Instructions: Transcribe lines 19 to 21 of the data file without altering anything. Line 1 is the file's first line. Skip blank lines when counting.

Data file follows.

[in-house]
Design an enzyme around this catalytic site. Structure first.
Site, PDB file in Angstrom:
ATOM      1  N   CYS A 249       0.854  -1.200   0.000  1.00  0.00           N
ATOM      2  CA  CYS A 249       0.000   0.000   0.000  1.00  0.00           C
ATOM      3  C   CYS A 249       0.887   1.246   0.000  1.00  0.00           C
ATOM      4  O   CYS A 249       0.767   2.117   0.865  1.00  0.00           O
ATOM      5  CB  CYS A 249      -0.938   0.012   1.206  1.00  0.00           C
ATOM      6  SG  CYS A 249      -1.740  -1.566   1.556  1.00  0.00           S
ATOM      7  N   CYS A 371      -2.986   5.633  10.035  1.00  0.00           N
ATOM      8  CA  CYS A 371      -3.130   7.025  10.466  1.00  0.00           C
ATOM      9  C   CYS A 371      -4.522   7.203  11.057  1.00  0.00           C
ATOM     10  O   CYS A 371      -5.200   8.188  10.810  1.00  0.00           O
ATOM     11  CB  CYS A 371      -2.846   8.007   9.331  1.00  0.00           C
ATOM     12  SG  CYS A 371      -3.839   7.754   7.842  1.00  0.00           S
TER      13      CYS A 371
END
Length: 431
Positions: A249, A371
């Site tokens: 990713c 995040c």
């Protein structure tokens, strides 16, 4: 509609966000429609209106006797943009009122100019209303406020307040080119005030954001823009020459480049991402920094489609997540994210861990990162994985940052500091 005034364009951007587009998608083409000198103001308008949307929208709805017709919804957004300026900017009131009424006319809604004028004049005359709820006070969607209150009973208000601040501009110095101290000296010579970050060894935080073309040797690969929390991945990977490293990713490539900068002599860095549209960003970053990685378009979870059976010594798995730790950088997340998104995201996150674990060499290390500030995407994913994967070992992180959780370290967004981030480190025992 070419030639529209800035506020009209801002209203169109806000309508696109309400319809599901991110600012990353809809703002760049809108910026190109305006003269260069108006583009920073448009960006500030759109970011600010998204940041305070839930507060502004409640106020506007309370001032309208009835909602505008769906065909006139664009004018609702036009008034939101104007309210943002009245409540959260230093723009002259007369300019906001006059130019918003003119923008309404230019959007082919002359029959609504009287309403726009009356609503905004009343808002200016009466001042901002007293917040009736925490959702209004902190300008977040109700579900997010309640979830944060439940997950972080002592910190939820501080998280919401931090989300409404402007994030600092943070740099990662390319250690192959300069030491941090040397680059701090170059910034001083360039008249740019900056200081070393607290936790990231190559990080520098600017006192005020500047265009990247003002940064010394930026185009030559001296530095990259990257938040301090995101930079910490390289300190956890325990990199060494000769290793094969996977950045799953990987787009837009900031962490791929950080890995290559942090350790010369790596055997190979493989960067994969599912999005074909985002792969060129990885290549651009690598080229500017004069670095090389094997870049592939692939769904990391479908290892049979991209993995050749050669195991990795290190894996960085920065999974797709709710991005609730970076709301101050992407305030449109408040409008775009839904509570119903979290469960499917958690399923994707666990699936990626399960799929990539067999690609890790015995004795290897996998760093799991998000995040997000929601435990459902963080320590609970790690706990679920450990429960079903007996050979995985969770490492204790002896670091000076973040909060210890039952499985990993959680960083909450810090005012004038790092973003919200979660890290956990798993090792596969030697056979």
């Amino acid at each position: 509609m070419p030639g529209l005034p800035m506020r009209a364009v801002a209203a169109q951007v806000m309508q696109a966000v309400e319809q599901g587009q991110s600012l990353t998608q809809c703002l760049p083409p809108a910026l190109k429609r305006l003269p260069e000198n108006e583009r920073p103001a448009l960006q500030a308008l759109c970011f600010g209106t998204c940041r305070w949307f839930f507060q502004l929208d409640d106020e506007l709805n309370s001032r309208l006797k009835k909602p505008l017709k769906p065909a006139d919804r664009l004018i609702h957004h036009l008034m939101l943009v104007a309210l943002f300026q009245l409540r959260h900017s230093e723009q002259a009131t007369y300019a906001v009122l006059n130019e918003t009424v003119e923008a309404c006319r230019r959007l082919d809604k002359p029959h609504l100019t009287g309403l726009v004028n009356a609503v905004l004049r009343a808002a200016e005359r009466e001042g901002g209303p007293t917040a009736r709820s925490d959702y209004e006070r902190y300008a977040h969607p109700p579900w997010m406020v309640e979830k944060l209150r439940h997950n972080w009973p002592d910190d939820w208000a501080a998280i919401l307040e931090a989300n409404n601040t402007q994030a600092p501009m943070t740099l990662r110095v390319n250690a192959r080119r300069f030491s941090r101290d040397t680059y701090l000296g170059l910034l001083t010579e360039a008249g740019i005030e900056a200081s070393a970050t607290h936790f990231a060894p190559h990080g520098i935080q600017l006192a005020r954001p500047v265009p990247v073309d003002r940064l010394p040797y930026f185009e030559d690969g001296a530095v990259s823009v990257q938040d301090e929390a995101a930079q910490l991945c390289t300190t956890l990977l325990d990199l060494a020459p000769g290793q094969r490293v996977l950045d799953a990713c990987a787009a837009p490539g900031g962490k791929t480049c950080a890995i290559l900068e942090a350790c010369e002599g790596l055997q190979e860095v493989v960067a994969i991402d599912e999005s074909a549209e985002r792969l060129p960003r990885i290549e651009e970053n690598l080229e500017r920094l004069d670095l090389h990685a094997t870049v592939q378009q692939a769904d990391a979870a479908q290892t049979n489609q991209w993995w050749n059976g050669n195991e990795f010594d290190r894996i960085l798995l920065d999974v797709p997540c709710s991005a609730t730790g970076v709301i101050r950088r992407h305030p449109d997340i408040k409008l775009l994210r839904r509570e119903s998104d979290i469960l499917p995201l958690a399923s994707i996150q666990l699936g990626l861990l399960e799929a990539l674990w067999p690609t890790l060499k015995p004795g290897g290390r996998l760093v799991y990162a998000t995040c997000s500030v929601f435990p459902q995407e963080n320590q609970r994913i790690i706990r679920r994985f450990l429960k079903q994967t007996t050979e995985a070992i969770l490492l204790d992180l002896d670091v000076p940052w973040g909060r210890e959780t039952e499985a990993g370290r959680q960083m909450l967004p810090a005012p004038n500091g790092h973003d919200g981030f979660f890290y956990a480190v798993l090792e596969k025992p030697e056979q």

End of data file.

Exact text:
Positions: A249, A371
């Site tokens: 990713c 995040c």
């Protein structure tokens, strides 16, 4: 509609966000429609209106006797943009009122100019209303406020307040080119005030954001823009020459480049991402920094489609997540994210861990990162994985940052500091 005034364009951007587009998608083409000198103001308008949307929208709805017709919804957004300026900017009131009424006319809604004028004049005359709820006070969607209150009973208000601040501009110095101290000296010579970050060894935080073309040797690969929390991945990977490293990713490539900068002599860095549209960003970053990685378009979870059976010594798995730790950088997340998104995201996150674990060499290390500030995407994913994967070992992180959780370290967004981030480190025992 070419030639529209800035506020009209801002209203169109806000309508696109309400319809599901991110600012990353809809703002760049809108910026190109305006003269260069108006583009920073448009960006500030759109970011600010998204940041305070839930507060502004409640106020506007309370001032309208009835909602505008769906065909006139664009004018609702036009008034939101104007309210943002009245409540959260230093723009002259007369300019906001006059130019918003003119923008309404230019959007082919002359029959609504009287309403726009009356609503905004009343808002200016009466001042901002007293917040009736925490959702209004902190300008977040109700579900997010309640979830944060439940997950972080002592910190939820501080998280919401931090989300409404402007994030600092943070740099990662390319250690192959300069030491941090040397680059701090170059910034001083360039008249740019900056200081070393607290936790990231190559990080520098600017006192005020500047265009990247003002940064010394930026185009030559001296530095990259990257938040301090995101930079910490390289300190956890325990990199060494000769290793094969996977950045799953990987787009837009900031962490791929950080890995290559942090350790010369790596055997190979493989960067994969599912999005074909985002792969060129990885290549651009690598080229500017004069670095090389094997870049592939692939769904990391479908290892049979991209993995050749050669195991990795290190894996960085920065999974797709709710991005609730970076709301101050992407305030449109408040409008775009839904509570119903979290469960499917958690399923994707666990699936990626399960799929990539067999690609890790015995004795290897996998760093799991998000995040997000929601435990459902963080320590609970790690706990679920450990429960079903007996050979995985969770490492204790002896670091000076973040909060210890039952499985990993959680960083909450810090005012004038790092973003919200979660890290956990798993090792596969030697056979």